Following the dominance of Mercedes during the 2014 Formula One season as well as the success of Mercedes-powered vehicles up and down the field, the other engine suppliers asked the FIA to allow mid-season engine development to help them catch up. While the FIA has yet to announce such a change to the rules, it has emerged that the existing laws have a loophole which effectively allows in-season engine development.
As per the current laws, engine suppliers were told to finish developing the power units by the start of the forthcoming season. However, no specific date was set opening the window for Ferrari, Renault and Mercedes to develop their engines through the season.
2014 German Grand Prix
Discussing the loophole, an FIA spokesman said, “It was always envisaged, although not explicitly stated in the rules, that manufacturers would have to deal with modifications on the engine within the constraints of the rules, and then submit their 2015 engine [at the first race]. It is simple, but when you read it [the rule book], it doesn’t say that unfortunately.”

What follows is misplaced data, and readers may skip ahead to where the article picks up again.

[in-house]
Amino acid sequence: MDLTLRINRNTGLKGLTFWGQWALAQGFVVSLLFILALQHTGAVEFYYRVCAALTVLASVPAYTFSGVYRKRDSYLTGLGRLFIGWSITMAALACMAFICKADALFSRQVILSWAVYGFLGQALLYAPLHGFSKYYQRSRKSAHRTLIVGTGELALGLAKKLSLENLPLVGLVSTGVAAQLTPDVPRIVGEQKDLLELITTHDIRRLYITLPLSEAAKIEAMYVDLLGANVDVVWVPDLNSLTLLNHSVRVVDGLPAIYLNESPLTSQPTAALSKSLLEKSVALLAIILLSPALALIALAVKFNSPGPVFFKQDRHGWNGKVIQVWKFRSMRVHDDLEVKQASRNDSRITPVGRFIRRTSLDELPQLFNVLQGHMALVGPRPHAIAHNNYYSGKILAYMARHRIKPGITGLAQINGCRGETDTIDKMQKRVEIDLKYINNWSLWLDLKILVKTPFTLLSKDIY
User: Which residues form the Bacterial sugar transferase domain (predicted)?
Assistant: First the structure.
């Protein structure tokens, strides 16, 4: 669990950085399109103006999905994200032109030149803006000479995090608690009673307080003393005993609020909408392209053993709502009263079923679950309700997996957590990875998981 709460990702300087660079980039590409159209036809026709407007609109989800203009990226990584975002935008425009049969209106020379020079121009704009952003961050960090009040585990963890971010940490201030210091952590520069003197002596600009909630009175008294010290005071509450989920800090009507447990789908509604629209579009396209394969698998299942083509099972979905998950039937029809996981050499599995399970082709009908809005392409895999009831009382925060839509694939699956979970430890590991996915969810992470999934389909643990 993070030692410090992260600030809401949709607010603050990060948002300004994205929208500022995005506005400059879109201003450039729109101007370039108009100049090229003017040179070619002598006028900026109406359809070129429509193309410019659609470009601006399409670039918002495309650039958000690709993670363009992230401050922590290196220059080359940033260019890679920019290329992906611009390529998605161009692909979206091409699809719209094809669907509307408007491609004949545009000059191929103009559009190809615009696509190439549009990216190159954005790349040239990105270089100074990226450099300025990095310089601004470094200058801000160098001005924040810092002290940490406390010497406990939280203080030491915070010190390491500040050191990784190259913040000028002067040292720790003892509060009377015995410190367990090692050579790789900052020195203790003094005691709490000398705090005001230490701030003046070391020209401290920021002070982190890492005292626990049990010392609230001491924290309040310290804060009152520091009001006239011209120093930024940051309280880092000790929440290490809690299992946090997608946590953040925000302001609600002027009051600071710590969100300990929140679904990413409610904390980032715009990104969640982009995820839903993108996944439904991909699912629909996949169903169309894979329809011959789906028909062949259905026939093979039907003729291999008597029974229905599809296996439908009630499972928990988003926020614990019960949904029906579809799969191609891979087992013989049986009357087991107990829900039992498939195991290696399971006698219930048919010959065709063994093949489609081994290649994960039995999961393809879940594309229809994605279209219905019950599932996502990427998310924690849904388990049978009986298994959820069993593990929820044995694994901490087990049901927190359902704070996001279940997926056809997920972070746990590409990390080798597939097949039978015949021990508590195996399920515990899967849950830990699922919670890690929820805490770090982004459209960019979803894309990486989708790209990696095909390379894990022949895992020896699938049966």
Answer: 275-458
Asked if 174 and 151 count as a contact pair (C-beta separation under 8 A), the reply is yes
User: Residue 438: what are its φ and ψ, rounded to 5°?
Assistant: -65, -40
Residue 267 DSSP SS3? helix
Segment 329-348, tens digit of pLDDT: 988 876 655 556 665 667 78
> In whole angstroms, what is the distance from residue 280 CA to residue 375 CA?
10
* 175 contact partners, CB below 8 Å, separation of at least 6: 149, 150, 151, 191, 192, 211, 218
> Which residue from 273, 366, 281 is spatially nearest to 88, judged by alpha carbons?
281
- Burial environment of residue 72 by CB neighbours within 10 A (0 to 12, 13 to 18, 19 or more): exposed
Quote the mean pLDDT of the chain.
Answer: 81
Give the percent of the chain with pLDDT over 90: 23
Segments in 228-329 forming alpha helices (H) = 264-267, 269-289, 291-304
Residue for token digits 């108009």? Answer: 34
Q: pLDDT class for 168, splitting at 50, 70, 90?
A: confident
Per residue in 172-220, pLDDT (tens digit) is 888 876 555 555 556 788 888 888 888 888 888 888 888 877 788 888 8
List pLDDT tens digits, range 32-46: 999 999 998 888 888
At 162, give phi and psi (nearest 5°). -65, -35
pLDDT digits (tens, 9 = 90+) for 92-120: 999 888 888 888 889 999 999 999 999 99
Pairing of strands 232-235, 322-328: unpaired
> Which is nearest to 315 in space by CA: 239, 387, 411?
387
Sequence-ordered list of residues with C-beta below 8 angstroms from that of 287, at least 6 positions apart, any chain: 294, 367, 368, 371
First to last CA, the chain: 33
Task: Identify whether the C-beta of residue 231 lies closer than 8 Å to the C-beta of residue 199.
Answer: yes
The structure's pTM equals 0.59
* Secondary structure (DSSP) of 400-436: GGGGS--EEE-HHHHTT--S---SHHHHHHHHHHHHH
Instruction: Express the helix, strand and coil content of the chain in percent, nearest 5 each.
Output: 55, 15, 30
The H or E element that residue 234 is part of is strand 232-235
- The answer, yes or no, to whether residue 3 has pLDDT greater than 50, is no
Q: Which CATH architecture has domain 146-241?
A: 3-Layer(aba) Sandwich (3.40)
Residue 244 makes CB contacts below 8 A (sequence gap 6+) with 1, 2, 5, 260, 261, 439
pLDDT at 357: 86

As part of the discovery, the FIA has grouped a number of engine components under so-called ‘tokens’. There are 66 tokens altogether and five of those remain restricted from development or modification. As for the remaining 61 tokens, 32 of them can be tinkered with by engine suppliers which accounts for about 48 per cent of the power units. For the 2016 season, this will drop to 38 per cent and then 30 per cent in 2017, 23 per cent in 2018 and five per cent for 2019 and 2020.
Interestingly, Honda won’t benefit from the loophole as the FIA has stipulated it must submit its final engine design by February 28 as the other engine suppliers had to do that for the 2014 season.